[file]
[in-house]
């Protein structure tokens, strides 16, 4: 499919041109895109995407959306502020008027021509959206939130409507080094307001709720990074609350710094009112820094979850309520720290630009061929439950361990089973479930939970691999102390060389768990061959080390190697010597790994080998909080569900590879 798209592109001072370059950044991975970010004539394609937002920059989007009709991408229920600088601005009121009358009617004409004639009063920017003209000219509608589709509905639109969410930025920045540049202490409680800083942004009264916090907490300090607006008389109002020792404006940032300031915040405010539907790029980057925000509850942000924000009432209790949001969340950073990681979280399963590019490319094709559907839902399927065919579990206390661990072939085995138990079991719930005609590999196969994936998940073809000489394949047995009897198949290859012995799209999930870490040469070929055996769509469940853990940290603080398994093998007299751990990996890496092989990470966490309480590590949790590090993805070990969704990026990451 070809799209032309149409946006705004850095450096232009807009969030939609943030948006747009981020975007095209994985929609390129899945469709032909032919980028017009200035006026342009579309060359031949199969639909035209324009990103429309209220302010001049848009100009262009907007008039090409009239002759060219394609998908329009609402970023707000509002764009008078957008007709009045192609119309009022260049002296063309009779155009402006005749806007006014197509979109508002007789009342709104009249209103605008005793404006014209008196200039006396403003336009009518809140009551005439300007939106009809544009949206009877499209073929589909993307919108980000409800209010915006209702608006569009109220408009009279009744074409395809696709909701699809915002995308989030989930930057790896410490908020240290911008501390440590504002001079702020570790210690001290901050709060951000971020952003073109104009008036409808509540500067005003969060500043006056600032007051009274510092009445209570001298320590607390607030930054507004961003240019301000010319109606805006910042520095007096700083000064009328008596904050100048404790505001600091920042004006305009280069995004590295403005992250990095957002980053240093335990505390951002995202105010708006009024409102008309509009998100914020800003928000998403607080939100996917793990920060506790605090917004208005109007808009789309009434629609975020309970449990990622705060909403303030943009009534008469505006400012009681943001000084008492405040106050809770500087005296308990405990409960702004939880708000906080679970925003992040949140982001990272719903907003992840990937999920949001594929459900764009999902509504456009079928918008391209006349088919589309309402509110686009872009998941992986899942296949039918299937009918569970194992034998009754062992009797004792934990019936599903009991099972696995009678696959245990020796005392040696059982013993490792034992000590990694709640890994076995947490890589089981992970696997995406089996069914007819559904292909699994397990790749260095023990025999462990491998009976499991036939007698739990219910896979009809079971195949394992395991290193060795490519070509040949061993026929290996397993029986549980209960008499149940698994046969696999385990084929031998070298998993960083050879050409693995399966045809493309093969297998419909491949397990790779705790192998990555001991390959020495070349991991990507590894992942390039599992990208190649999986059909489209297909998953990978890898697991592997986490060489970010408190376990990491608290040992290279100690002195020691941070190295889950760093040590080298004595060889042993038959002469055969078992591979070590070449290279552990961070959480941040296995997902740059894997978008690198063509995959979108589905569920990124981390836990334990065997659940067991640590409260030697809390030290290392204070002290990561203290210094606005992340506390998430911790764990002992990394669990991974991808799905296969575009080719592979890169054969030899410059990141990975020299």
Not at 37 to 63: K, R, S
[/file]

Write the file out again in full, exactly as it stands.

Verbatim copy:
[in-house]
């Protein structure tokens, strides 16, 4: 499919041109895109995407959306502020008027021509959206939130409507080094307001709720990074609350710094009112820094979850309520720290630009061929439950361990089973479930939970691999102390060389768990061959080390190697010597790994080998909080569900590879 798209592109001072370059950044991975970010004539394609937002920059989007009709991408229920600088601005009121009358009617004409004639009063920017003209000219509608589709509905639109969410930025920045540049202490409680800083942004009264916090907490300090607006008389109002020792404006940032300031915040405010539907790029980057925000509850942000924000009432209790949001969340950073990681979280399963590019490319094709559907839902399927065919579990206390661990072939085995138990079991719930005609590999196969994936998940073809000489394949047995009897198949290859012995799209999930870490040469070929055996769509469940853990940290603080398994093998007299751990990996890496092989990470966490309480590590949790590090993805070990969704990026990451 070809799209032309149409946006705004850095450096232009807009969030939609943030948006747009981020975007095209994985929609390129899945469709032909032919980028017009200035006026342009579309060359031949199969639909035209324009990103429309209220302010001049848009100009262009907007008039090409009239002759060219394609998908329009609402970023707000509002764009008078957008007709009045192609119309009022260049002296063309009779155009402006005749806007006014197509979109508002007789009342709104009249209103605008005793404006014209008196200039006396403003336009009518809140009551005439300007939106009809544009949206009877499209073929589909993307919108980000409800209010915006209702608006569009109220408009009279009744074409395809696709909701699809915002995308989030989930930057790896410490908020240290911008501390440590504002001079702020570790210690001290901050709060951000971020952003073109104009008036409808509540500067005003969060500043006056600032007051009274510092009445209570001298320590607390607030930054507004961003240019301000010319109606805006910042520095007096700083000064009328008596904050100048404790505001600091920042004006305009280069995004590295403005992250990095957002980053240093335990505390951002995202105010708006009024409102008309509009998100914020800003928000998403607080939100996917793990920060506790605090917004208005109007808009789309009434629609975020309970449990990622705060909403303030943009009534008469505006400012009681943001000084008492405040106050809770500087005296308990405990409960702004939880708000906080679970925003992040949140982001990272719903907003992840990937999920949001594929459900764009999902509504456009079928918008391209006349088919589309309402509110686009872009998941992986899942296949039918299937009918569970194992034998009754062992009797004792934990019936599903009991099972696995009678696959245990020796005392040696059982013993490792034992000590990694709640890994076995947490890589089981992970696997995406089996069914007819559904292909699994397990790749260095023990025999462990491998009976499991036939007698739990219910896979009809079971195949394992395991290193060795490519070509040949061993026929290996397993029986549980209960008499149940698994046969696999385990084929031998070298998993960083050879050409693995399966045809493309093969297998419909491949397990790779705790192998990555001991390959020495070349991991990507590894992942390039599992990208190649999986059909489209297909998953990978890898697991592997986490060489970010408190376990990491608290040992290279100690002195020691941070190295889950760093040590080298004595060889042993038959002469055969078992591979070590070449290279552990961070959480941040296995997902740059894997978008690198063509995959979108589905569920990124981390836990334990065997659940067991640590409260030697809390030290290392204070002290990561203290210094606005992340506390998430911790764990002992990394669990991974991808799905296969575009080719592979890169054969030899410059990141990975020299």
Not at 37 to 63: K, R, S